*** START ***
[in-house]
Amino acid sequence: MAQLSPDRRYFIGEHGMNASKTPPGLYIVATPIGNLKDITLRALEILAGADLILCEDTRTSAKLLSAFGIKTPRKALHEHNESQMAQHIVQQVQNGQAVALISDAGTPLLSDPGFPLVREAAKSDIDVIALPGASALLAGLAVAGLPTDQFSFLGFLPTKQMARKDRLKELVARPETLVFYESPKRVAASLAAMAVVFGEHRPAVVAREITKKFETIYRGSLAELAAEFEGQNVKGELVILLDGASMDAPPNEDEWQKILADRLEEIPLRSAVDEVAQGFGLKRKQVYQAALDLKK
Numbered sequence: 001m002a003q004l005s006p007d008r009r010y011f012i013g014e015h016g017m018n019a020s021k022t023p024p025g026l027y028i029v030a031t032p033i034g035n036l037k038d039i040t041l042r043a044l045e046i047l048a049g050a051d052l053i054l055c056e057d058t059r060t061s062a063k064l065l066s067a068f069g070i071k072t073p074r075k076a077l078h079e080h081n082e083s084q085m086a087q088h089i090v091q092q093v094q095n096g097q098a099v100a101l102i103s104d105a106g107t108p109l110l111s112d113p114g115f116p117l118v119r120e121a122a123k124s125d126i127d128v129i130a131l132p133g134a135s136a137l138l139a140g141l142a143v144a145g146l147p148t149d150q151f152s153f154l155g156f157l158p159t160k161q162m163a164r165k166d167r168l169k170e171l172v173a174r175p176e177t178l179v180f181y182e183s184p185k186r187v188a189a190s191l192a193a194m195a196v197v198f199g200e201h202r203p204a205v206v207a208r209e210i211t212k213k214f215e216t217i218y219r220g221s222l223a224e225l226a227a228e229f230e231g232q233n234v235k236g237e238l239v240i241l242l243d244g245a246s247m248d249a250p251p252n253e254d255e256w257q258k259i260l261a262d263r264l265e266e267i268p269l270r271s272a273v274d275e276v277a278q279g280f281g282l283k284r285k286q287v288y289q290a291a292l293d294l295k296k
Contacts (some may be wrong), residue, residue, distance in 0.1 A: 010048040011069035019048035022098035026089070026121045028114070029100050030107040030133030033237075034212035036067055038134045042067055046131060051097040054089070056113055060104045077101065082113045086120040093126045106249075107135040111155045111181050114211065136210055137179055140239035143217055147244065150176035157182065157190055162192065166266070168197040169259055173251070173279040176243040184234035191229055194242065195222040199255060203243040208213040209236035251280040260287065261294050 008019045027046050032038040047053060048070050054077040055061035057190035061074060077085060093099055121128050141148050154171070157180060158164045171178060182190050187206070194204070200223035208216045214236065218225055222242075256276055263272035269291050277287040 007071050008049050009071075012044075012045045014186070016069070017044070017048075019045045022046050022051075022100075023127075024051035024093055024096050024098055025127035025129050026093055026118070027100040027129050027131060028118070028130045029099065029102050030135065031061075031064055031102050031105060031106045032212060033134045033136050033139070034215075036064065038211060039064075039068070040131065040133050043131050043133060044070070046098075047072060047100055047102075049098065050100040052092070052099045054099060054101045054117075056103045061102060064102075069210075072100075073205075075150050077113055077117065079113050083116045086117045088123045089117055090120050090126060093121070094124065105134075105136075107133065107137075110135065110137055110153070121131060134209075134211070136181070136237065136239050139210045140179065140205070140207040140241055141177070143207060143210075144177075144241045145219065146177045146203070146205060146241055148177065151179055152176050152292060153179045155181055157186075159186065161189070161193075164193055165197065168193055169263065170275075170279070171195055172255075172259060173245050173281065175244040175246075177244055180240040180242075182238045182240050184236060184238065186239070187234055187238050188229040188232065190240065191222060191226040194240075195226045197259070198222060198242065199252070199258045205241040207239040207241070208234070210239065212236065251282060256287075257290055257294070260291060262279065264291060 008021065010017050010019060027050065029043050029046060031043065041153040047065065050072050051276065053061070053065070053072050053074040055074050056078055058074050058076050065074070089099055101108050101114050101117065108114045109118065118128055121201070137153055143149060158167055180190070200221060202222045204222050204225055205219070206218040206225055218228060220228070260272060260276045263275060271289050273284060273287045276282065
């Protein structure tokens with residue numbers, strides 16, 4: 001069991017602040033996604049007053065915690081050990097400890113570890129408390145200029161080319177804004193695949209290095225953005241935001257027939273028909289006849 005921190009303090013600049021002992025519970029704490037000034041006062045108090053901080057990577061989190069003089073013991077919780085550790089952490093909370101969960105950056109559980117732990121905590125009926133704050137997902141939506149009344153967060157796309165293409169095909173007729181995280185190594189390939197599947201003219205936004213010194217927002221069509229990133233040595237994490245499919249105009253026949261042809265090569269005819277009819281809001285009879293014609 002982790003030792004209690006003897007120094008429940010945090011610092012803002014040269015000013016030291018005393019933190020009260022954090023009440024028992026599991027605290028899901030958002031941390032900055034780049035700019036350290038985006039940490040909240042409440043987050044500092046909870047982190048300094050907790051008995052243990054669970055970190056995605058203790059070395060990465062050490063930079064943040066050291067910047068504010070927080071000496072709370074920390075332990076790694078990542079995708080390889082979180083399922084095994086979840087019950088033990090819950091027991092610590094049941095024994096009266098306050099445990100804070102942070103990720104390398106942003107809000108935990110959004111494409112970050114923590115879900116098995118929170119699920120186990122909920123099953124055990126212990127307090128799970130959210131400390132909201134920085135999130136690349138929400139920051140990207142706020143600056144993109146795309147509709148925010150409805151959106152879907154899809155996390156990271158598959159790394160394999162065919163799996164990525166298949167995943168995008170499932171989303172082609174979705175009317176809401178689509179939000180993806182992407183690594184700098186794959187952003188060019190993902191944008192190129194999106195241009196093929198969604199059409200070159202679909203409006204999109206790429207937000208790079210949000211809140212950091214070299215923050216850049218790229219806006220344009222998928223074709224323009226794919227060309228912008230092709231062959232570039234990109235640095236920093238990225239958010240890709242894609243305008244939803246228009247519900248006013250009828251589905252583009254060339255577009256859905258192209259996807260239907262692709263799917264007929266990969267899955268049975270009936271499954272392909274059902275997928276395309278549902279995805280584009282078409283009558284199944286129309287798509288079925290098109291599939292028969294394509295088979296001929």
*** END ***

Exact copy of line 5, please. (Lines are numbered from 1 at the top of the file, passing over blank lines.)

């Protein structure tokens with residue numbers, strides 16, 4: 001069991017602040033996604049007053065915690081050990097400890113570890129408390145200029161080319177804004193695949209290095225953005241935001257027939273028909289006849 005921190009303090013600049021002992025519970029704490037000034041006062045108090053901080057990577061989190069003089073013991077919780085550790089952490093909370101969960105950056109559980117732990121905590125009926133704050137997902141939506149009344153967060157796309165293409169095909173007729181995280185190594189390939197599947201003219205936004213010194217927002221069509229990133233040595237994490245499919249105009253026949261042809265090569269005819277009819281809001285009879293014609 002982790003030792004209690006003897007120094008429940010945090011610092012803002014040269015000013016030291018005393019933190020009260022954090023009440024028992026599991027605290028899901030958002031941390032900055034780049035700019036350290038985006039940490040909240042409440043987050044500092046909870047982190048300094050907790051008995052243990054669970055970190056995605058203790059070395060990465062050490063930079064943040066050291067910047068504010070927080071000496072709370074920390075332990076790694078990542079995708080390889082979180083399922084095994086979840087019950088033990090819950091027991092610590094049941095024994096009266098306050099445990100804070102942070103990720104390398106942003107809000108935990110959004111494409112970050114923590115879900116098995118929170119699920120186990122909920123099953124055990126212990127307090128799970130959210131400390132909201134920085135999130136690349138929400139920051140990207142706020143600056144993109146795309147509709148925010150409805151959106152879907154899809155996390156990271158598959159790394160394999162065919163799996164990525166298949167995943168995008170499932171989303172082609174979705175009317176809401178689509179939000180993806182992407183690594184700098186794959187952003188060019190993902191944008192190129194999106195241009196093929198969604199059409200070159202679909203409006204999109206790429207937000208790079210949000211809140212950091214070299215923050216850049218790229219806006220344009222998928223074709224323009226794919227060309228912008230092709231062959232570039234990109235640095236920093238990225239958010240890709242894609243305008244939803246228009247519900248006013250009828251589905252583009254060339255577009256859905258192209259996807260239907262692709263799917264007929266990969267899955268049975270009936271499954272392909274059902275997928276395309278549902279995805280584009282078409283009558284199944286129309287798509288079925290098109291599939292028969294394509295088979296001929």